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The male gaze is obvious, I hated MASH for that, it was one thing to harass "Hot Lips" the way they did but why on Earth did she start acting like a dumb blonde during the football game? I never got that part. Yes, I don't feel like you need to be a feminist to denounce the way some movies objectify or mistreat women but MASH made me angry on that level... a film that raised a similar reaction was Catch Me If You Can, I never got why the film hasn't been more criticized for its superficial depiction of women as people who are easy to fool, all you have to do is have the playboyish charm of Leo, to be a smooth-talker and offer a necklace and BINGO! (she's in your pocket) and the hostess part always made me cringe... speaking about New Hollywood, there's the infamous scene where Steve McQueen slaps the hell out of Ali McGraw in The Getaway.

What you said about Taxi Driver is true and I guess that's why Rocky ended up winning the Best Picture Oscar, same grim reality, same streets, same urban alienation, but this time, the character emerges from the stink and becomes an inspirational figure than a self-proclaimed vigilante. Rocky is a fine specimen of the New Hollywood era but certainly one of those that signaled the end of an era.

Still, I just love that era, by far the most interesting, creative, fascinating and consistent (quality-wise) chapters of Hollywood history, I just saw recently Mickey and Nicky and it blew my mind.
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albstein

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speaking about New Hollywood, there's the infamous scene where Steve McQueen slaps the hell out of Ali McGraw in The Getaway.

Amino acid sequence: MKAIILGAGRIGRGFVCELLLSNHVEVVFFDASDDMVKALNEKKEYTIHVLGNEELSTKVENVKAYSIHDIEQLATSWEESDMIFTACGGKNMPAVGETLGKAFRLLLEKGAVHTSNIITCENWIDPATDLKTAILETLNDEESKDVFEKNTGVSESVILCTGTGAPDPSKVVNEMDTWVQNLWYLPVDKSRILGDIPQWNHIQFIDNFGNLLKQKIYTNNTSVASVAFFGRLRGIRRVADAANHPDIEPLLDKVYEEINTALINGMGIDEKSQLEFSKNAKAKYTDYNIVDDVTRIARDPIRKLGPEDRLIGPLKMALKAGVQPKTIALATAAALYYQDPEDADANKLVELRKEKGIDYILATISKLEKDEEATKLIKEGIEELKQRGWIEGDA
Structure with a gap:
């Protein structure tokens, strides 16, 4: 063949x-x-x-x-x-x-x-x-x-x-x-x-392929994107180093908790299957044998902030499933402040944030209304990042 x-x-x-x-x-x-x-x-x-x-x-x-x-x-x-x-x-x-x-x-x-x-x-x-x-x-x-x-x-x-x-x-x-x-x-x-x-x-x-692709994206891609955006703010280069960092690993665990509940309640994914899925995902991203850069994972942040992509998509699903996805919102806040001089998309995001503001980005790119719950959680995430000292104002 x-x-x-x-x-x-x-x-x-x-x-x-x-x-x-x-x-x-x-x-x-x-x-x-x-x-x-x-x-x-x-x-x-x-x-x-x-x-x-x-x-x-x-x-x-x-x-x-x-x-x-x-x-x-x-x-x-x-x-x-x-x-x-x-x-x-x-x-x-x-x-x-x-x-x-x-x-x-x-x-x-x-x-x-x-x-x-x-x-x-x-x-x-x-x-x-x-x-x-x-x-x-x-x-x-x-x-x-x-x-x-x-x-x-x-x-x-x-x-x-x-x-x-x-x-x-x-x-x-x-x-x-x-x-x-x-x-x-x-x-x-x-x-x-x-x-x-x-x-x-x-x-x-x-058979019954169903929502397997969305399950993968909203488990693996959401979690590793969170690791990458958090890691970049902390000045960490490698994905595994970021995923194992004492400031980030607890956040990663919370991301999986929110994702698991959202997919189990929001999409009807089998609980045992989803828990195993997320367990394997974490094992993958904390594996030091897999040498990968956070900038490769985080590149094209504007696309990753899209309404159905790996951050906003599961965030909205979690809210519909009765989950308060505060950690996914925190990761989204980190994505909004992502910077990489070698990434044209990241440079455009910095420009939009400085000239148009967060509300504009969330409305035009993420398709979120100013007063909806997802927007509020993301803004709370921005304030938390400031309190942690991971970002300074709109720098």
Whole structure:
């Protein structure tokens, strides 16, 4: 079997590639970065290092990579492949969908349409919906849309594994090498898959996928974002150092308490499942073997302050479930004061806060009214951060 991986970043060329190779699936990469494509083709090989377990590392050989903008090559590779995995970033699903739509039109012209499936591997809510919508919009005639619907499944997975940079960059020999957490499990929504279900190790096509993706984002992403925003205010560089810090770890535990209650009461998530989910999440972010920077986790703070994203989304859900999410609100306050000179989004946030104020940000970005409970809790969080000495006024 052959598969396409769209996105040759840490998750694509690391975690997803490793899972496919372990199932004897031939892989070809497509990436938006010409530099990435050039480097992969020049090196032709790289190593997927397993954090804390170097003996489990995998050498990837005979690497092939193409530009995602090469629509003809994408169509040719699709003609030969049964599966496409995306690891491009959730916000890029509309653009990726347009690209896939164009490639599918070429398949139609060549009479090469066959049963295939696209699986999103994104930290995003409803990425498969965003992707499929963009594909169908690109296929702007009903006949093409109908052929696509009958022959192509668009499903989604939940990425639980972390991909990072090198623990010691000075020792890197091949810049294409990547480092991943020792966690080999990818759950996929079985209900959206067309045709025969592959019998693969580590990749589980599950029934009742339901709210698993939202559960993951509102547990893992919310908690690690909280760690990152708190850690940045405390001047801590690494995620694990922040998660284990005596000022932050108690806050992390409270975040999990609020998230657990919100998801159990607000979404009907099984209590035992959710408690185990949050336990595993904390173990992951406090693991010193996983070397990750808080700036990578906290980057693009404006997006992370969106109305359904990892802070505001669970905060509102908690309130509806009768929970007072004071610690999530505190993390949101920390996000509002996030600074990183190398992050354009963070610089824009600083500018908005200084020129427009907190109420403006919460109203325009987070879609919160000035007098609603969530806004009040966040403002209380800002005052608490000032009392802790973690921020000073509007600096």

I always thought that in any other movie, we would be asked to root for McQueen and look down on McGraw. But the scene goes on for so long and is so ugly and with the context of the movie, I get the feeling that Peckinpah doesn't want it to make that easy.

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Taxi Driver is really both the high point of New Hollywood and the antithesis to its dark side. Most of these movies are about some guys who struggle in life, and it's great that their conflicts are never really resolved, not even in a violent cop fantasy like Dirty Harry. But most of these movies find some kind of scapegoat, it's either a woman, or an even more violent and distasteful character, or society as a whole.

And Travis Bickle tries to blame them all. He paints the 'madonna' like a whore because she doesn't lower herself to his depraved existence, he wants to "wash all this scum from the streets", gets a gun and shoots down the pimps. But the fact that the world is rotten is never an excuse for how Travis acts. The movie makes it very clear that he is his own worst enemy, exemplified in that great mirror scene.


I just saw recently Mickey and Nicky and it blew my mind.

We started this movie once and my father turned it off, saying that it's pointless (which is unintended praise in most cases). Been trying to find it ever since and now discovered it's on youtube thanks to another thread by you :)
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ElMo

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If you think The Getaway scene is ugly, you should check the elbow punch from Bring Me The Head of Alfredo Garcia, a movie I absolutely adore because Peckinpah put all his heart in that story and even the ugliest side of it where you can include a debatable vision on women based on the Madonna/Whote complex, which was a duality often mirrored in Scorsese movies, starting with his debut.

But I think there were two kinds of movies as far as violence was concerned:

- movies where violence was considered as a necessary evil in a world that turned out to be so ugly and disillusioned it brought up the worst of humanity, men became violent in spite of their "good nature": Paul Kersey, Michael Corleone, John McCabe, Carrie White...

- movies where violence, like you said, was the extension of an existential need that couldn't find a sane way to express itself, whether it's society or family's fault is beside the point, violence has a point because the world allowed it to happen: Travis Bickle, Alex DeLarge, Kit & Holly, Col. Walter Kurtz, even Bonnie and Clyde would count as the seminal 'New Hollywood' villains.